The hip thrust stands out as a key compound lift in many athletic development strength and conditioning programmes, often as a method for increasing strength in the muscles of the posterior chain, especially the glutes.
Yet, there are a number of variations of the hip thrust that can be used to meet other training outcomes. These may include addressing muscular imbalances, biassing the glutes, enhancing power and serving as a tool for beginners to learn the hinge movement. In this article, we’ll explore variations of the hip thrust to meet these training outcomes.
Variations of Hip Thrust
- Single-Leg Hip Thrust
- Mini Band Barbell Hip Thrust
- Banded Barbell Hip Thrust
- Feet-Elevated Barbell Hip Thrust
- Weighted Glute Bridge
Single-Leg Hip Thrust: Best for Addressing Imbalances
The single-leg hip thrust is an exercise that features highly in our strength and conditioning programming – it mirrors the standard version but is executed with only one leg, placing a greater emphasis on single leg control and stability, whilst developing robustness in the working muscles.
It predominantly works the same muscles as the standard hip thrust – the gluteus maximus and biceps femoris – but with increased focus on each leg individually. This variation is particularly useful for identifying and correcting strength imbalances between legs. It’s also beneficial for athletes who engage in sports requiring strong unilateral lower body strength, such as running or soccer.
Mini Band Barbell Hip Thrust: Best for Glute Activation
Adding a resistance band around the knees during a barbell hip thrust increases lateral tension, effecticley engaging the gluteus medius and adductor muscles more than the standard version.
This variation is excellent for those looking to enhance lateral glute strength and improve knee stability. It’s particularly beneficial for athletes in sports requiring strong lateral movements, such as basketball or tennis. The added resistance of the band also provides a unique challenge to the gluteus maximus, making it a great variation for overall glute development.
Barbell Band Resisted Hip Thrust: Best for Hip Extension
The band resisted hip thrust incorporates a resistance band into the traditional hip thrust exercise. The band is strategically secured under the pegs on a rack or using dumbbells to ancor it firmly and then lopped around the top of your hips.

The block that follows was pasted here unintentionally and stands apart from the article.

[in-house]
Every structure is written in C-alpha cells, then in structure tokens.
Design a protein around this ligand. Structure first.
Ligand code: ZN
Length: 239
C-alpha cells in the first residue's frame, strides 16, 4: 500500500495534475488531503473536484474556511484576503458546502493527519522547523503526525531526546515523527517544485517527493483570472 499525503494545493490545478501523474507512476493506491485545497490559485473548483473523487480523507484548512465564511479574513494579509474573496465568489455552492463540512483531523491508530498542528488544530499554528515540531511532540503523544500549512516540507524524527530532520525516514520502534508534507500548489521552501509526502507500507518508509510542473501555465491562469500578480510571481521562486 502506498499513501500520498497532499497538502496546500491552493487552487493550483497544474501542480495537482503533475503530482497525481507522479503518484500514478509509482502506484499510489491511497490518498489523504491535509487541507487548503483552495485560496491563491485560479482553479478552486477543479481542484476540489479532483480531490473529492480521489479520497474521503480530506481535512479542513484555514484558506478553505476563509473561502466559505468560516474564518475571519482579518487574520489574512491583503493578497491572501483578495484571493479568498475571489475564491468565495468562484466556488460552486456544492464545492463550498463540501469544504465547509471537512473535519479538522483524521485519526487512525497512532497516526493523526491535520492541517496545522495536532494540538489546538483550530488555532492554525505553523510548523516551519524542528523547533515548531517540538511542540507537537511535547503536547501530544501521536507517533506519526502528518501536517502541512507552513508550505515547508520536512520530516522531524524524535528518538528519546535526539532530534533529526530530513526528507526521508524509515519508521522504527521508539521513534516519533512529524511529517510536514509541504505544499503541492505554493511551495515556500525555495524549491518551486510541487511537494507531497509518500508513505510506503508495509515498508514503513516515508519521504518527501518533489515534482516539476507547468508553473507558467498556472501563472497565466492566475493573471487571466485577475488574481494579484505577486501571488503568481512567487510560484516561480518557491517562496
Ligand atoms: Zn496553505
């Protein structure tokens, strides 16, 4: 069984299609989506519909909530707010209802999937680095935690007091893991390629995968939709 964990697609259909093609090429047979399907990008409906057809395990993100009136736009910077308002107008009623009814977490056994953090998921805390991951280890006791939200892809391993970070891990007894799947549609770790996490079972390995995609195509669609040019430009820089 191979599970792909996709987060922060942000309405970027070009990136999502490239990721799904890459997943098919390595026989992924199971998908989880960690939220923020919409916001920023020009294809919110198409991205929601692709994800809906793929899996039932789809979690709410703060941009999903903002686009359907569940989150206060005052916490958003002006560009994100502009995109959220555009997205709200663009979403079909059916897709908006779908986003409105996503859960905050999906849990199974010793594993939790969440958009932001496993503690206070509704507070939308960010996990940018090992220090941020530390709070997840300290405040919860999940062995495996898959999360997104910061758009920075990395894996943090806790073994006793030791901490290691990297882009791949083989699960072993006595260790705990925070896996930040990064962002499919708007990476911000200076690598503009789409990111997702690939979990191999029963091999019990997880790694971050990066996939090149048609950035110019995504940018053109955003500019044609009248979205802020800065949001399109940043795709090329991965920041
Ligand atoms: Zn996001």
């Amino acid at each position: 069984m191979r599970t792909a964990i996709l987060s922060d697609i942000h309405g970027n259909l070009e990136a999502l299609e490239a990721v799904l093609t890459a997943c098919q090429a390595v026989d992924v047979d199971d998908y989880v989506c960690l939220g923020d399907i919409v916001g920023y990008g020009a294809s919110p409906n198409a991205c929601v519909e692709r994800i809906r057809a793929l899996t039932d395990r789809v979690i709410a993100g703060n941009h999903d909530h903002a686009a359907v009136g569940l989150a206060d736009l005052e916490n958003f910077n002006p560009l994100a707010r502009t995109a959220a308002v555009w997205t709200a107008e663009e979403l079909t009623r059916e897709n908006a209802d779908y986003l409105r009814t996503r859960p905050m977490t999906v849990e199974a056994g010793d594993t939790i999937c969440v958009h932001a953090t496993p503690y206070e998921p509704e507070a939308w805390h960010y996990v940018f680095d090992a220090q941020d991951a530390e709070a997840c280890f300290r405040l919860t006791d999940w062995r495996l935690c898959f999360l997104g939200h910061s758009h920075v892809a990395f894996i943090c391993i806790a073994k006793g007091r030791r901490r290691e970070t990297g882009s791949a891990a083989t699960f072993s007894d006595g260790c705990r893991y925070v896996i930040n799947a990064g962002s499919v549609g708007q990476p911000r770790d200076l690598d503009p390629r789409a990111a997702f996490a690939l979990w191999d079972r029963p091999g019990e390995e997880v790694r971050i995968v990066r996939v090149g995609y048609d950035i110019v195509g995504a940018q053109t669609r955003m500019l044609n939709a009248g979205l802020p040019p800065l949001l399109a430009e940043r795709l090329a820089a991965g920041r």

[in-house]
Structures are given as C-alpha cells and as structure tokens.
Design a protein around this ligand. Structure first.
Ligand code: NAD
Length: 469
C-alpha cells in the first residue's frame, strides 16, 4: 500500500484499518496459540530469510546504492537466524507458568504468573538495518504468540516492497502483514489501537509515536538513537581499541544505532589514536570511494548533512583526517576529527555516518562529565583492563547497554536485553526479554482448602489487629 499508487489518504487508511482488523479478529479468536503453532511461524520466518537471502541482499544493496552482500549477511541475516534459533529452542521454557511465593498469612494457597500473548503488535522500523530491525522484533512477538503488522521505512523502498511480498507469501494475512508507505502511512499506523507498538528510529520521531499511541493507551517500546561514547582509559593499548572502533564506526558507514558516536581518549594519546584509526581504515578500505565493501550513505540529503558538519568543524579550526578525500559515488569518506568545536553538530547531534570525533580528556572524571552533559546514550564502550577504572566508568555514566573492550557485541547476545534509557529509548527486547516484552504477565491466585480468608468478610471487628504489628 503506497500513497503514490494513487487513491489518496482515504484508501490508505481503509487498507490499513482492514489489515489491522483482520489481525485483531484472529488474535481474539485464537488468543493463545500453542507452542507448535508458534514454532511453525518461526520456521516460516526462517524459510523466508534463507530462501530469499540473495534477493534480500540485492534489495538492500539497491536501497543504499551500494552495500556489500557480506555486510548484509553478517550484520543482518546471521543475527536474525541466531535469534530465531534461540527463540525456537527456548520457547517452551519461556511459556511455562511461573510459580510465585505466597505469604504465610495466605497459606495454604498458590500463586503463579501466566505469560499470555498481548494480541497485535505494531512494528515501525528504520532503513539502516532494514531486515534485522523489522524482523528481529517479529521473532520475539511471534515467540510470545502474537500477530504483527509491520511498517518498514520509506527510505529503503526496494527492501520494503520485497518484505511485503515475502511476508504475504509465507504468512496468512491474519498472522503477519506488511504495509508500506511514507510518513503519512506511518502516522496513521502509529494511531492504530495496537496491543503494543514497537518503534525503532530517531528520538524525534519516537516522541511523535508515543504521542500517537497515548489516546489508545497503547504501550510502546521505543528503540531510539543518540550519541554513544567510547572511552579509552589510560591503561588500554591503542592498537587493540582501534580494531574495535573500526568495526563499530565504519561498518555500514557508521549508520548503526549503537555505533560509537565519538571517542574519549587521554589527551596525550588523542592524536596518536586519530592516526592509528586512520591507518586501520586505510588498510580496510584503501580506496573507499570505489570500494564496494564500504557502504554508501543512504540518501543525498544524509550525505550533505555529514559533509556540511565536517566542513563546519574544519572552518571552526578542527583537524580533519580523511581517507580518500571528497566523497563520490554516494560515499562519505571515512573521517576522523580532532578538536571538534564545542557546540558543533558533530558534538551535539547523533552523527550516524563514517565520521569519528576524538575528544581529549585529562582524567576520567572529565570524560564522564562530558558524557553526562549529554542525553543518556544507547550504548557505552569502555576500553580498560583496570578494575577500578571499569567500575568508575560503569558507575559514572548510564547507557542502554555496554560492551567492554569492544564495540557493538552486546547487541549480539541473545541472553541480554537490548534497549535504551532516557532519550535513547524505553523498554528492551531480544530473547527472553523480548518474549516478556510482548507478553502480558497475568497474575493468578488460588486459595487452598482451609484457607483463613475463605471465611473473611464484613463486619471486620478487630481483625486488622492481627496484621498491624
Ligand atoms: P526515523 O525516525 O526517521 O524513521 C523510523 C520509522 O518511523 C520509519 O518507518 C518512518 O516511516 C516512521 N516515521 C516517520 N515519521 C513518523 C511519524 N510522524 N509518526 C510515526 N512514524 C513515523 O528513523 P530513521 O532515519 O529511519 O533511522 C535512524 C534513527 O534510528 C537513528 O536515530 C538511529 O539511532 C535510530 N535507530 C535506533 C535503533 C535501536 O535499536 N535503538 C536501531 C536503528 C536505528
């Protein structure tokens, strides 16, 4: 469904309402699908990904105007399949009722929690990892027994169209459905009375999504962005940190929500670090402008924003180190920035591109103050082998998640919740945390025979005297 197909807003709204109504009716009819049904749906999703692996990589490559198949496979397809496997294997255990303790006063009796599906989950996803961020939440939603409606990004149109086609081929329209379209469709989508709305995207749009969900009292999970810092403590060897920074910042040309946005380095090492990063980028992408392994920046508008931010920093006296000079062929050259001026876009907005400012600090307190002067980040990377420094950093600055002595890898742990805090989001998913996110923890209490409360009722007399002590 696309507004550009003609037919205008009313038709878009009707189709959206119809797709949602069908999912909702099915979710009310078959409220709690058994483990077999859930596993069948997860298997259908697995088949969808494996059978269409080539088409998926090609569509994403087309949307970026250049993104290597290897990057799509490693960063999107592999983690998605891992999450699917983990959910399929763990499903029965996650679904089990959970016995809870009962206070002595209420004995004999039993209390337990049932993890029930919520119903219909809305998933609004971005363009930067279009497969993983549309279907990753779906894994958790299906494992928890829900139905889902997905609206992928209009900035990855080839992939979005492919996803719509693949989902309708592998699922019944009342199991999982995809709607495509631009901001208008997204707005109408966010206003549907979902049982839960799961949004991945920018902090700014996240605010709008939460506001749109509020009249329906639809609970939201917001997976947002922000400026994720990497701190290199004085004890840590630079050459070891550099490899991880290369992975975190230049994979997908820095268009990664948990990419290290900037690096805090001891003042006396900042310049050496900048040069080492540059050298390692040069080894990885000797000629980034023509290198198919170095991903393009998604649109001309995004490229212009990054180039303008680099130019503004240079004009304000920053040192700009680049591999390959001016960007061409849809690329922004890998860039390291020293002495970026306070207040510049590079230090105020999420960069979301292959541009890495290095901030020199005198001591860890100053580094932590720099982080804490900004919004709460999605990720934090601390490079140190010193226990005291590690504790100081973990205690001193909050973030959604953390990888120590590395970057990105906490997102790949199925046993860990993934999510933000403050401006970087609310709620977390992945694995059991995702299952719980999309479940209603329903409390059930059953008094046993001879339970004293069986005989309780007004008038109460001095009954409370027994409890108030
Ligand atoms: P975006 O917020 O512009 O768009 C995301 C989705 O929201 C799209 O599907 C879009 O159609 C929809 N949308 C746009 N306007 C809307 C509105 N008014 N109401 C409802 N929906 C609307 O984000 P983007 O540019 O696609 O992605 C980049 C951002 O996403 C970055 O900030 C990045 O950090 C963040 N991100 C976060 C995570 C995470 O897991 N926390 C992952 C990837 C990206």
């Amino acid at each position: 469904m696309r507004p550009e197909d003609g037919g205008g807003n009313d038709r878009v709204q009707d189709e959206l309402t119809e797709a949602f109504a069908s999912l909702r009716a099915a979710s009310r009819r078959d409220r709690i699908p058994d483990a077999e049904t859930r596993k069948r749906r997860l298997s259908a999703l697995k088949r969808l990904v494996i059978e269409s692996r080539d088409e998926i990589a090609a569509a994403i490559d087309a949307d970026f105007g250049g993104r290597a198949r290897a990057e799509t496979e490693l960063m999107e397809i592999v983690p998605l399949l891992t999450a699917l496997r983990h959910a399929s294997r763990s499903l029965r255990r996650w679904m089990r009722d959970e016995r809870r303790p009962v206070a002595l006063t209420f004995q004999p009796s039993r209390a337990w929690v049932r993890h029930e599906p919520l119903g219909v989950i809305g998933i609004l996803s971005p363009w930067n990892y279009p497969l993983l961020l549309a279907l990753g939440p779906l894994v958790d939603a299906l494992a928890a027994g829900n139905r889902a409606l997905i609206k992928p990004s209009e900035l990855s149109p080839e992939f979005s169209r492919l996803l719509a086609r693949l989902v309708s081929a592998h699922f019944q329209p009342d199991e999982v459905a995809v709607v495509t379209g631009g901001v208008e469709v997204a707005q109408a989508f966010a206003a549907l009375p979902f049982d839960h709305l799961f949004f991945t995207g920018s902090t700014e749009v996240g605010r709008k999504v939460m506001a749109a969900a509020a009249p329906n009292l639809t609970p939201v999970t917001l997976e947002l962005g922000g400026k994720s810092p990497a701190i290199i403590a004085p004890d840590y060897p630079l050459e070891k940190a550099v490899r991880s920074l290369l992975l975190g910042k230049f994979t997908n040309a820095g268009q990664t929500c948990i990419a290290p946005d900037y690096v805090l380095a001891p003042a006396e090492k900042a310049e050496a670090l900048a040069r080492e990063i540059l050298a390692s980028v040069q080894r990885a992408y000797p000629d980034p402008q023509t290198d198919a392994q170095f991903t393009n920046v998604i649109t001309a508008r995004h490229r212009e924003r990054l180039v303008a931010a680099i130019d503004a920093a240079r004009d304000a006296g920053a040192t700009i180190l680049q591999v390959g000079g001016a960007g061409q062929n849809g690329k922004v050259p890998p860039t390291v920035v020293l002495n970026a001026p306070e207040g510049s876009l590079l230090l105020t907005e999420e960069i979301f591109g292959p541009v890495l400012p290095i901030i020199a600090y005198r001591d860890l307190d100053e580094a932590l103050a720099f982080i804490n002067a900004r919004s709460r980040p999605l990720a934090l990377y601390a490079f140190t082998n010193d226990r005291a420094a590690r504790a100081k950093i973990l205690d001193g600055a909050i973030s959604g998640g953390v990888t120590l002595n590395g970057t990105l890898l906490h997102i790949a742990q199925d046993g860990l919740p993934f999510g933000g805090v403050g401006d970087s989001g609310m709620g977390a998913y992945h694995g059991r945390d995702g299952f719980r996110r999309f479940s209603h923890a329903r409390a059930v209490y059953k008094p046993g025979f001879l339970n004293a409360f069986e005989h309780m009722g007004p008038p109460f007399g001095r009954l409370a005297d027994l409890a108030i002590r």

The band offers increasing resistance that gives you maximum tension when the glutes are maximally activated during full hip extension at the top of the movement. This prolonged tension is important for some athletes, specifically for those in sports like rowing, where power generation throught the entire drive, including at the end, is essential.
Feet-Elevated Barbell Hip Thrust: Best for Increased Range of Motion
By elevating the feet on a bench or platform, the feet-elevated barbell hip thrust increases the exercise’s range of motion. This variation places more emphasis on the hamstrings and lower glutes.
The increased range of motion challenges these muscles more intensely, particularly at the end range of hip extension. This variation is ideal for athletes who require strong hip extension through a larger range of motion, such as sprinters or high jumpers. It’s also beneficial for those looking to target the lower portion of their glutes more effectively.
Weighted Glute Bridge: Best for Beginners
The weighted glute bridge is a simpler and more accessible variation of the hip thrust, making it ideal for beginners.
Performed on the floor without the need for a bench, it reduces the complexity of the movement while still effectively targeting the gluteus maximus and hamstrings.
This variation is an excellent starting point for those new to hip thrust exercises or the hip hinge movement pattern, allowing them to build foundational strength and technique before progressing to more advanced variations.
Each of these variations offers unique benefits and can be incorporated into your training program based on your specific goals and needs. Whether you’re a beginner looking to build foundational strength or an advanced athlete seeking to address imbalances or increase range of motion, there’s a hip thrust variation that can meet your needs.
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Will is a sport scientist and golf professional who specialises in motor control and motor learning. Will lecturers part-time in motor control and biomechanics, runs Golf Insider UK and consults elite athletes who are interested in optimising their training and performance.